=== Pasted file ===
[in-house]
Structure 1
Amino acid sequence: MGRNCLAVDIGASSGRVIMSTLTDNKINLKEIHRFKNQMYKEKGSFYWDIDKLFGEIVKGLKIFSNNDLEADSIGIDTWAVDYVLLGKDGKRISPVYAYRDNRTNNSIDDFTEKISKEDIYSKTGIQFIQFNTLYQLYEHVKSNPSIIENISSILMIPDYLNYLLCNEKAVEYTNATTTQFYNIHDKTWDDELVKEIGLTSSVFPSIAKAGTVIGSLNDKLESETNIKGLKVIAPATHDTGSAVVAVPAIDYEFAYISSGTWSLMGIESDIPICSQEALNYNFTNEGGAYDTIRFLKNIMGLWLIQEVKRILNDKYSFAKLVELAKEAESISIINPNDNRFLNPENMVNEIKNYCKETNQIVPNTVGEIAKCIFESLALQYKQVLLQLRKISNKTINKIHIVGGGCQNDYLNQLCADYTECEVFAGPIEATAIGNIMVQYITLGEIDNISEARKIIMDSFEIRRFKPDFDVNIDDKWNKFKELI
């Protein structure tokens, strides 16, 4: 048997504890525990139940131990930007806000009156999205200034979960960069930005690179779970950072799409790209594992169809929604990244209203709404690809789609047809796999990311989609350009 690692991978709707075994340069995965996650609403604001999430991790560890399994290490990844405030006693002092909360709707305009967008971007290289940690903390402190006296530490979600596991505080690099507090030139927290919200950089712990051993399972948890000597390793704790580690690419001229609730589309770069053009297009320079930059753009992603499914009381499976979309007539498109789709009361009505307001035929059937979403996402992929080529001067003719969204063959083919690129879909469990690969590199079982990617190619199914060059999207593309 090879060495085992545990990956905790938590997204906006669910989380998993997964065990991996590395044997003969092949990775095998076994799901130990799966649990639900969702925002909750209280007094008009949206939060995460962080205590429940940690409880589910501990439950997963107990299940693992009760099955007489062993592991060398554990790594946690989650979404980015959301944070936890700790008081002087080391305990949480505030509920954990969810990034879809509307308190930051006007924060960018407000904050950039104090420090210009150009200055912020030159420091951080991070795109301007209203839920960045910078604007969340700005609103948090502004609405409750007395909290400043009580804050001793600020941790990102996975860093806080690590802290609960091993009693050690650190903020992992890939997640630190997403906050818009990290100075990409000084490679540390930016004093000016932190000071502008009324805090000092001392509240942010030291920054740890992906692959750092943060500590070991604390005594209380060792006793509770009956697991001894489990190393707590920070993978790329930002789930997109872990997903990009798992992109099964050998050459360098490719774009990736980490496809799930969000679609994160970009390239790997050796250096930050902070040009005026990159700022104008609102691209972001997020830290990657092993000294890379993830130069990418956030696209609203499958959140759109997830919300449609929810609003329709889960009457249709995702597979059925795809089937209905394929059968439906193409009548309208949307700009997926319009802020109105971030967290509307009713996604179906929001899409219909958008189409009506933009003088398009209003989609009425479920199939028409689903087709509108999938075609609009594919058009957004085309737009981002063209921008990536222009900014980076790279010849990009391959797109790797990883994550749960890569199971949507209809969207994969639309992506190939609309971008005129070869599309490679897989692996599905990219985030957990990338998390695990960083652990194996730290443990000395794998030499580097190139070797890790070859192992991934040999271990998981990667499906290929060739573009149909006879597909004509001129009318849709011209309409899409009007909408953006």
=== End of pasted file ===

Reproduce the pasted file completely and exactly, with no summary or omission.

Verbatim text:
[in-house]
Structure 1
Amino acid sequence: MGRNCLAVDIGASSGRVIMSTLTDNKINLKEIHRFKNQMYKEKGSFYWDIDKLFGEIVKGLKIFSNNDLEADSIGIDTWAVDYVLLGKDGKRISPVYAYRDNRTNNSIDDFTEKISKEDIYSKTGIQFIQFNTLYQLYEHVKSNPSIIENISSILMIPDYLNYLLCNEKAVEYTNATTTQFYNIHDKTWDDELVKEIGLTSSVFPSIAKAGTVIGSLNDKLESETNIKGLKVIAPATHDTGSAVVAVPAIDYEFAYISSGTWSLMGIESDIPICSQEALNYNFTNEGGAYDTIRFLKNIMGLWLIQEVKRILNDKYSFAKLVELAKEAESISIINPNDNRFLNPENMVNEIKNYCKETNQIVPNTVGEIAKCIFESLALQYKQVLLQLRKISNKTINKIHIVGGGCQNDYLNQLCADYTECEVFAGPIEATAIGNIMVQYITLGEIDNISEARKIIMDSFEIRRFKPDFDVNIDDKWNKFKELI
């Protein structure tokens, strides 16, 4: 048997504890525990139940131990930007806000009156999205200034979960960069930005690179779970950072799409790209594992169809929604990244209203709404690809789609047809796999990311989609350009 690692991978709707075994340069995965996650609403604001999430991790560890399994290490990844405030006693002092909360709707305009967008971007290289940690903390402190006296530490979600596991505080690099507090030139927290919200950089712990051993399972948890000597390793704790580690690419001229609730589309770069053009297009320079930059753009992603499914009381499976979309007539498109789709009361009505307001035929059937979403996402992929080529001067003719969204063959083919690129879909469990690969590199079982990617190619199914060059999207593309 090879060495085992545990990956905790938590997204906006669910989380998993997964065990991996590395044997003969092949990775095998076994799901130990799966649990639900969702925002909750209280007094008009949206939060995460962080205590429940940690409880589910501990439950997963107990299940693992009760099955007489062993592991060398554990790594946690989650979404980015959301944070936890700790008081002087080391305990949480505030509920954990969810990034879809509307308190930051006007924060960018407000904050950039104090420090210009150009200055912020030159420091951080991070795109301007209203839920960045910078604007969340700005609103948090502004609405409750007395909290400043009580804050001793600020941790990102996975860093806080690590802290609960091993009693050690650190903020992992890939997640630190997403906050818009990290100075990409000084490679540390930016004093000016932190000071502008009324805090000092001392509240942010030291920054740890992906692959750092943060500590070991604390005594209380060792006793509770009956697991001894489990190393707590920070993978790329930002789930997109872990997903990009798992992109099964050998050459360098490719774009990736980490496809799930969000679609994160970009390239790997050796250096930050902070040009005026990159700022104008609102691209972001997020830290990657092993000294890379993830130069990418956030696209609203499958959140759109997830919300449609929810609003329709889960009457249709995702597979059925795809089937209905394929059968439906193409009548309208949307700009997926319009802020109105971030967290509307009713996604179906929001899409219909958008189409009506933009003088398009209003989609009425479920199939028409689903087709509108999938075609609009594919058009957004085309737009981002063209921008990536222009900014980076790279010849990009391959797109790797990883994550749960890569199971949507209809969207994969639309992506190939609309971008005129070869599309490679897989692996599905990219985030957990990338998390695990960083652990194996730290443990000395794998030499580097190139070797890790070859192992991934040999271990998981990667499906290929060739573009149909006879597909004509001129009318849709011209309409899409009007909408953006």